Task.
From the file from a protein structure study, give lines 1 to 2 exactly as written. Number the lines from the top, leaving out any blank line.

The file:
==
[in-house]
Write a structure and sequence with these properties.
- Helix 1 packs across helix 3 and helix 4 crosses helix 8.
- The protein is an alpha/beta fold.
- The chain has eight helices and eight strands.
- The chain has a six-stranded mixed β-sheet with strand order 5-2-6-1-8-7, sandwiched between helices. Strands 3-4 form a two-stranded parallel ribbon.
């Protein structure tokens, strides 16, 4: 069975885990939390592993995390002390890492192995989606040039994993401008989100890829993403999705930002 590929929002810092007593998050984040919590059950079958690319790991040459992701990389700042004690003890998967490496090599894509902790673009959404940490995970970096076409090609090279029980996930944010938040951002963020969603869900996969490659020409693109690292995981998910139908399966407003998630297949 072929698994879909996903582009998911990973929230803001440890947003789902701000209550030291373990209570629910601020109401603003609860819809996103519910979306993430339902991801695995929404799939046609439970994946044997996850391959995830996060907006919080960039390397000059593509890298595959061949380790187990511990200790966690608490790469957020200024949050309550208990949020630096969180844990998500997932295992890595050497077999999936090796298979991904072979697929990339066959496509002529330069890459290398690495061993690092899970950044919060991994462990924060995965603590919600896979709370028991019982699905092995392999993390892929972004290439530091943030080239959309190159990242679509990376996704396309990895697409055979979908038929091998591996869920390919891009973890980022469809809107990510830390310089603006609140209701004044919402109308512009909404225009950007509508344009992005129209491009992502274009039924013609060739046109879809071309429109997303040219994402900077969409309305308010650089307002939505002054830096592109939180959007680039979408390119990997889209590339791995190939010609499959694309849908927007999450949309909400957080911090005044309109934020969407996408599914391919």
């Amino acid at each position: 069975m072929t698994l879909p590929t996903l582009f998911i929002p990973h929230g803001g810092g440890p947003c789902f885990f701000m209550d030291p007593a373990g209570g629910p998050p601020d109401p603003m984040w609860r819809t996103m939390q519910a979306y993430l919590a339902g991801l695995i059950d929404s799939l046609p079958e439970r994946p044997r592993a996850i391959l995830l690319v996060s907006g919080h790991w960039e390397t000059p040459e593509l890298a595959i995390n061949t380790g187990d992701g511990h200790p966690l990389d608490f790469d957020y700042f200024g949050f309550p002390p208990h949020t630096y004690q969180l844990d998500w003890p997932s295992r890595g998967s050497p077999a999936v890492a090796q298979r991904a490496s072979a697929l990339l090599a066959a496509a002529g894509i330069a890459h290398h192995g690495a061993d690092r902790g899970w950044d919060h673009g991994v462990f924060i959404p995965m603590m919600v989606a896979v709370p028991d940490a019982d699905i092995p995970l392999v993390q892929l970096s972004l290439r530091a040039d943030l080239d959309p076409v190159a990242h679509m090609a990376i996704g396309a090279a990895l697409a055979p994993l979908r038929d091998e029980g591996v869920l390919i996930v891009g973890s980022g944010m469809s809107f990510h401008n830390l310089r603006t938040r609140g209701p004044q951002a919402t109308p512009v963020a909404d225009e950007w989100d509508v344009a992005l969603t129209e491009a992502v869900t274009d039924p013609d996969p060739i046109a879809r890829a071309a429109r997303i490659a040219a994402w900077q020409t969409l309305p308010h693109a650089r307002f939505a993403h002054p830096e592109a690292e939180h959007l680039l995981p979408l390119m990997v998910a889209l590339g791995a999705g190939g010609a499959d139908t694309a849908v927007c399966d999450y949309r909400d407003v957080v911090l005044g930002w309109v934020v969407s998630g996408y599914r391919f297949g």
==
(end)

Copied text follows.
[in-house]
Write a structure and sequence with these properties.